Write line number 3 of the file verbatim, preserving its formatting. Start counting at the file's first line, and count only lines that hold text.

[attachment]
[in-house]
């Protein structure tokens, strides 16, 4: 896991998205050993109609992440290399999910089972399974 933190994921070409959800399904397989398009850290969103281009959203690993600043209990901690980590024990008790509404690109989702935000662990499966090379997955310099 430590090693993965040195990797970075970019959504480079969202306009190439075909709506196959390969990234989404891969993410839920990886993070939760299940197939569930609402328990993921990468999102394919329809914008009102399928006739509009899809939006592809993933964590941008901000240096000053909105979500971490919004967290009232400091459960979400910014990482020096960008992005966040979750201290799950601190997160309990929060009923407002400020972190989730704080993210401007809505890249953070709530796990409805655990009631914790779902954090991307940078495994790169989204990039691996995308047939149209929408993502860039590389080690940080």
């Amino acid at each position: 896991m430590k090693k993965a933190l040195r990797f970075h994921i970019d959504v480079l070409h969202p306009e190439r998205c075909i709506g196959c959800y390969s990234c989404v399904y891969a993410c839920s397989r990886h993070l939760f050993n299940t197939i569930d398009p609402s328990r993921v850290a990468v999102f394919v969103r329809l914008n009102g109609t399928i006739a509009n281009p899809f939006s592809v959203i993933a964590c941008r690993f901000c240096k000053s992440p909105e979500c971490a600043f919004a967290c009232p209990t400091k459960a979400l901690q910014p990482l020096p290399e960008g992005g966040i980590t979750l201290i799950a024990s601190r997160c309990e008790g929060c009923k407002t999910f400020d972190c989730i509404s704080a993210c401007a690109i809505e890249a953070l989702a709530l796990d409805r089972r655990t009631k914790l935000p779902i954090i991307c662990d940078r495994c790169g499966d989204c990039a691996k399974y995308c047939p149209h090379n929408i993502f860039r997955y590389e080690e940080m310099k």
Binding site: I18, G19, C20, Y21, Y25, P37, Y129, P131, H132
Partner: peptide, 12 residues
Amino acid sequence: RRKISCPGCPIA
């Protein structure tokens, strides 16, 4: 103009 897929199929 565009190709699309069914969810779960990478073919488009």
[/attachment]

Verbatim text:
């Amino acid at each position: 896991m430590k090693k993965a933190l040195r990797f970075h994921i970019d959504v480079l070409h969202p306009e190439r998205c075909i709506g196959c959800y390969s990234c989404v399904y891969a993410c839920s397989r990886h993070l939760f050993n299940t197939i569930d398009p609402s328990r993921v850290a990468v999102f394919v969103r329809l914008n009102g109609t399928i006739a509009n281009p899809f939006s592809v959203i993933a964590c941008r690993f901000c240096k000053s992440p909105e979500c971490a600043f919004a967290c009232p209990t400091k459960a979400l901690q910014p990482l020096p290399e960008g992005g966040i980590t979750l201290i799950a024990s601190r997160c309990e008790g929060c009923k407002t999910f400020d972190c989730i509404s704080a993210c401007a690109i809505e890249a953070l989702a709530l796990d409805r089972r655990t009631k914790l935000p779902i954090i991307c662990d940078r495994c790169g499966d989204c990039a691996k399974y995308c047939p149209h090379n929408i993502f860039r997955y590389e080690e940080m310099k």